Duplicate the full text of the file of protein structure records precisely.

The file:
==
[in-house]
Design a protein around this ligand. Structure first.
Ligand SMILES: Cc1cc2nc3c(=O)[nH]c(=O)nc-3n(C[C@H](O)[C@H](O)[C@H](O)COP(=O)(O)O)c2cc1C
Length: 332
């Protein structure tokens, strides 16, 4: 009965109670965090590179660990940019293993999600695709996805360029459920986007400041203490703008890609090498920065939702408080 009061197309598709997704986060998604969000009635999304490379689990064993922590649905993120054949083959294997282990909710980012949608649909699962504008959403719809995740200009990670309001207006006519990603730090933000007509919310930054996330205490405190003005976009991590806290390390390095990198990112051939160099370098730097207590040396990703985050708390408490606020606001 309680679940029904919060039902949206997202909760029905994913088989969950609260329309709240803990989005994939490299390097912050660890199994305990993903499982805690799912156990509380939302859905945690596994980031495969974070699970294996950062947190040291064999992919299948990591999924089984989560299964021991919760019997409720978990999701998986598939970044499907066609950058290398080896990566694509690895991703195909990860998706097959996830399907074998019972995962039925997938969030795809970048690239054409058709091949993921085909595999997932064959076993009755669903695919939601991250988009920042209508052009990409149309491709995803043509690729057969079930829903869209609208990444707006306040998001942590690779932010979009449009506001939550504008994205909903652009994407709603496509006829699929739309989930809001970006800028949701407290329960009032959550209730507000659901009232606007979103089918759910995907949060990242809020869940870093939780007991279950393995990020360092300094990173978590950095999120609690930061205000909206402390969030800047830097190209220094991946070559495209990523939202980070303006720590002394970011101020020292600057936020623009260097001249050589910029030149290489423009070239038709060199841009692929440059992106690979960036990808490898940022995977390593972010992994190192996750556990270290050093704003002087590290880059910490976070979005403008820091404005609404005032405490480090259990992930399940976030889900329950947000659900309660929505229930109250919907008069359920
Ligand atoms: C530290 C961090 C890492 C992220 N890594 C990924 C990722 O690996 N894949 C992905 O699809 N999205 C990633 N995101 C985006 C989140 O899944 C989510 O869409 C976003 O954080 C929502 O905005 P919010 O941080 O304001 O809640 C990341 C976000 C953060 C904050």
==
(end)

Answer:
[in-house]
Design a protein around this ligand. Structure first.
Ligand SMILES: Cc1cc2nc3c(=O)[nH]c(=O)nc-3n(C[C@H](O)[C@H](O)[C@H](O)COP(=O)(O)O)c2cc1C
Length: 332
């Protein structure tokens, strides 16, 4: 009965109670965090590179660990940019293993999600695709996805360029459920986007400041203490703008890609090498920065939702408080 009061197309598709997704986060998604969000009635999304490379689990064993922590649905993120054949083959294997282990909710980012949608649909699962504008959403719809995740200009990670309001207006006519990603730090933000007509919310930054996330205490405190003005976009991590806290390390390095990198990112051939160099370098730097207590040396990703985050708390408490606020606001 309680679940029904919060039902949206997202909760029905994913088989969950609260329309709240803990989005994939490299390097912050660890199994305990993903499982805690799912156990509380939302859905945690596994980031495969974070699970294996950062947190040291064999992919299948990591999924089984989560299964021991919760019997409720978990999701998986598939970044499907066609950058290398080896990566694509690895991703195909990860998706097959996830399907074998019972995962039925997938969030795809970048690239054409058709091949993921085909595999997932064959076993009755669903695919939601991250988009920042209508052009990409149309491709995803043509690729057969079930829903869209609208990444707006306040998001942590690779932010979009449009506001939550504008994205909903652009994407709603496509006829699929739309989930809001970006800028949701407290329960009032959550209730507000659901009232606007979103089918759910995907949060990242809020869940870093939780007991279950393995990020360092300094990173978590950095999120609690930061205000909206402390969030800047830097190209220094991946070559495209990523939202980070303006720590002394970011101020020292600057936020623009260097001249050589910029030149290489423009070239038709060199841009692929440059992106690979960036990808490898940022995977390593972010992994190192996750556990270290050093704003002087590290880059910490976070979005403008820091404005609404005032405490480090259990992930399940976030889900329950947000659900309660929505229930109250919907008069359920
Ligand atoms: C530290 C961090 C890492 C992220 N890594 C990924 C990722 O690996 N894949 C992905 O699809 N999205 C990633 N995101 C985006 C989140 O899944 C989510 O869409 C976003 O954080 C929502 O905005 P919010 O941080 O304001 O809640 C990341 C976000 C953060 C904050």